Our Background

  • 03:42 Sean: What was your advice to her?
  • 03:46 Laci: She was basically asking me how I handled you making financial business decisions when it comes to our personal money. I talked about our past, Sean having the computer repair business and the web design business. I was working at Starbucks when we first got married, I wasn’t making very much money, and sometimes Sean wasn’t making very much money with his businesses. It was nerve-wracking to invest money in t-shirts or new camera equipment, etc. It was hard even a of couple years ago, when he stopped doing client work and spent eight months not making money so he could focus on Learn Lettering.
  • 04:59 Sean: Going half a year without making money? “I thought Sean launched a successful course like eating breakfast in the morning.” That’s not how it went?
  • 05:16 Laci: At that point, I had a better day job that was paying most of our bills.
  • 05:33 Sean: I purposefully saved six months worth of income before I quit.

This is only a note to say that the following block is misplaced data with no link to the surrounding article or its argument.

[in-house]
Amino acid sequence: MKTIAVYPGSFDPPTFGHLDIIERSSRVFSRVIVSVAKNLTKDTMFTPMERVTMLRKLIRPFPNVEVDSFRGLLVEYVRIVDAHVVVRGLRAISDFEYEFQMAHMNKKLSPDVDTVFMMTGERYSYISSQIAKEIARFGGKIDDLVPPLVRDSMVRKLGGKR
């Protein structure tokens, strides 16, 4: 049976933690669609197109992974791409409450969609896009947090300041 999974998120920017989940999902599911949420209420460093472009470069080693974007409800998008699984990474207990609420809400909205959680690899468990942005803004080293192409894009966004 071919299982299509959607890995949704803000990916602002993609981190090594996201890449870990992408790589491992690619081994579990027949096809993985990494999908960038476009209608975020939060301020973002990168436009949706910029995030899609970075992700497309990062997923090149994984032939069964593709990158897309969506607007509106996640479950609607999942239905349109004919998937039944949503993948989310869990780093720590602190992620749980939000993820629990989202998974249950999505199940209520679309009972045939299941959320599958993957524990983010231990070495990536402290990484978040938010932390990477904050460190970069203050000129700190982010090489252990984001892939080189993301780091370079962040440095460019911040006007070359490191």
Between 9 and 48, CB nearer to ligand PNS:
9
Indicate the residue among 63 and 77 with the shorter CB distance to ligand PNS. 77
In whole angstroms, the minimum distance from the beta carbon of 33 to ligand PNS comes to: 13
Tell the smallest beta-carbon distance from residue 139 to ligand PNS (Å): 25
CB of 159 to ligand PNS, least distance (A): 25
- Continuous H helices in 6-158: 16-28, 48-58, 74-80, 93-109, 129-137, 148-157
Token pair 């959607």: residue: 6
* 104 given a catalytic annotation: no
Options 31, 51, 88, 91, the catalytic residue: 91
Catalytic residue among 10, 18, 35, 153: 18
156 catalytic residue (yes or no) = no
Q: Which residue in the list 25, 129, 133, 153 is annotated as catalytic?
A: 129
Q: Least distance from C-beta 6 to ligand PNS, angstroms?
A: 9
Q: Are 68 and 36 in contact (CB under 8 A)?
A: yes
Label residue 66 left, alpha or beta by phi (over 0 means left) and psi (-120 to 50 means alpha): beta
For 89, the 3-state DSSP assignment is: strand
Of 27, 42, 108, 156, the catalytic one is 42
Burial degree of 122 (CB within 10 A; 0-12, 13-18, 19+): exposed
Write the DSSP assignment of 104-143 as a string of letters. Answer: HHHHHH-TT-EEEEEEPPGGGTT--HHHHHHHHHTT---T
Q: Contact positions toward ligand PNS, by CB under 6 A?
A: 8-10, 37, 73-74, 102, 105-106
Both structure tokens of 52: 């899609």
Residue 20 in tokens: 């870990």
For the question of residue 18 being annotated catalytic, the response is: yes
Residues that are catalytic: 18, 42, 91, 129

• 05:41 Laci: We had savings, but during the actual six months, Sean wasn’t making extra money. I was covering our bills, but anything else we needed came out of our savings. Being in these situations where my job is barely covering us and Sean’s not making any money with his business can be nerve-wracking as a spouse. I would look at that situation and think, “What am I supporting?” I told Danae that I didn’t really understand Sean’s mindset about money until recently. I’ve taken a lot of steps over several years to understand how he come at finances for us personally and finances for his business, but I especially didn’t understand it in the beginning.
  • 06:39 Sean: Before the show, you said that you didn’t fully understand the until the Learn Lettering launch and the results of that.
  • 06:56 Laci: Sean had been operating his own business since well before we got married.

It took me four years to understand the importance of investing time and finances into the business.

  • 07:03 Sean: We got married in 2010. Brent says, “I’d love to hear a bit of a backstory of your guys’ relationship in terms of when you started working for yourself. Fears, hurdles, getting on the same page, and that sort of thing, or were you two always in sync?”